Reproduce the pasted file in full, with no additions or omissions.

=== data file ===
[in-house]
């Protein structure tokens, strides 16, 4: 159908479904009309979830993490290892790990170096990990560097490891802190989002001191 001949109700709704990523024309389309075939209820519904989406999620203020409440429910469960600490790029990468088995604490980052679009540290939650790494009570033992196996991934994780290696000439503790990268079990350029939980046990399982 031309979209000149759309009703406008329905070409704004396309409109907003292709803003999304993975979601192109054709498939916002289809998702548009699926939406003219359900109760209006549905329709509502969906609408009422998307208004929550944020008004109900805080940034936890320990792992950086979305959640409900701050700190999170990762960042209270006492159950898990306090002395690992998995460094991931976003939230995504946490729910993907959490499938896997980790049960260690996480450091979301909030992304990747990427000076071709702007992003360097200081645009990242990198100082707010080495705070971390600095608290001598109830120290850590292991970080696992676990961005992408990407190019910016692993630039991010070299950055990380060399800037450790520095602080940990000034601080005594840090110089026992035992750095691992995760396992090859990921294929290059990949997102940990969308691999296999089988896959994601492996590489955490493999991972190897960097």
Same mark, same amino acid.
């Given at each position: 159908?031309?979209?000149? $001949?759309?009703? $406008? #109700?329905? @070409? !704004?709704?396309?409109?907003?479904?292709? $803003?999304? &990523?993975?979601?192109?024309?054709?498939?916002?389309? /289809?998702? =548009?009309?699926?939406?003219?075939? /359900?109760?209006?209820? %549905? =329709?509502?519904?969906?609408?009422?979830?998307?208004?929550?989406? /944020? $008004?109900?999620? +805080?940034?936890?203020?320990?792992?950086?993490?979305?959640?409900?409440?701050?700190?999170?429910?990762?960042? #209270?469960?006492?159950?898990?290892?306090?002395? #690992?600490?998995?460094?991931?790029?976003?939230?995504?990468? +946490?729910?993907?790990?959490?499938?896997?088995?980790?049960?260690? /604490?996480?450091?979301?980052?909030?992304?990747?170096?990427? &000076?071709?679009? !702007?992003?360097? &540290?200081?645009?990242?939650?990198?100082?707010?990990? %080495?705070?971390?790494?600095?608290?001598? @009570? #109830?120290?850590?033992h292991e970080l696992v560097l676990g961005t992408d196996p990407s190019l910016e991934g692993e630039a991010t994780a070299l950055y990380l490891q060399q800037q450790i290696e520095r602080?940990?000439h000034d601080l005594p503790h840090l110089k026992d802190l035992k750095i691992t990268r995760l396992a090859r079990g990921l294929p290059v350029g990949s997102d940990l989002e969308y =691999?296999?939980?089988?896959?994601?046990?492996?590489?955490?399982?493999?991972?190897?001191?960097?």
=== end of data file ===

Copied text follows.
[in-house]
């Protein structure tokens, strides 16, 4: 159908479904009309979830993490290892790990170096990990560097490891802190989002001191 001949109700709704990523024309389309075939209820519904989406999620203020409440429910469960600490790029990468088995604490980052679009540290939650790494009570033992196996991934994780290696000439503790990268079990350029939980046990399982 031309979209000149759309009703406008329905070409704004396309409109907003292709803003999304993975979601192109054709498939916002289809998702548009699926939406003219359900109760209006549905329709509502969906609408009422998307208004929550944020008004109900805080940034936890320990792992950086979305959640409900701050700190999170990762960042209270006492159950898990306090002395690992998995460094991931976003939230995504946490729910993907959490499938896997980790049960260690996480450091979301909030992304990747990427000076071709702007992003360097200081645009990242990198100082707010080495705070971390600095608290001598109830120290850590292991970080696992676990961005992408990407190019910016692993630039991010070299950055990380060399800037450790520095602080940990000034601080005594840090110089026992035992750095691992995760396992090859990921294929290059990949997102940990969308691999296999089988896959994601492996590489955490493999991972190897960097």
Same mark, same amino acid.
């Given at each position: 159908?031309?979209?000149? $001949?759309?009703? $406008? #109700?329905? @070409? !704004?709704?396309?409109?907003?479904?292709? $803003?999304? &990523?993975?979601?192109?024309?054709?498939?916002?389309? /289809?998702? =548009?009309?699926?939406?003219?075939? /359900?109760?209006?209820? %549905? =329709?509502?519904?969906?609408?009422?979830?998307?208004?929550?989406? /944020? $008004?109900?999620? +805080?940034?936890?203020?320990?792992?950086?993490?979305?959640?409900?409440?701050?700190?999170?429910?990762?960042? #209270?469960?006492?159950?898990?290892?306090?002395? #690992?600490?998995?460094?991931?790029?976003?939230?995504?990468? +946490?729910?993907?790990?959490?499938?896997?088995?980790?049960?260690? /604490?996480?450091?979301?980052?909030?992304?990747?170096?990427? &000076?071709?679009? !702007?992003?360097? &540290?200081?645009?990242?939650?990198?100082?707010?990990? %080495?705070?971390?790494?600095?608290?001598? @009570? #109830?120290?850590?033992h292991e970080l696992v560097l676990g961005t992408d196996p990407s190019l910016e991934g692993e630039a991010t994780a070299l950055y990380l490891q060399q800037q450790i290696e520095r602080?940990?000439h000034d601080l005594p503790h840090l110089k026992d802190l035992k750095i691992t990268r995760l396992a090859r079990g990921l294929p290059v350029g990949s997102d940990l989002e969308y =691999?296999?939980?089988?896959?994601?046990?492996?590489?955490?399982?493999?991972?190897?001191?960097?």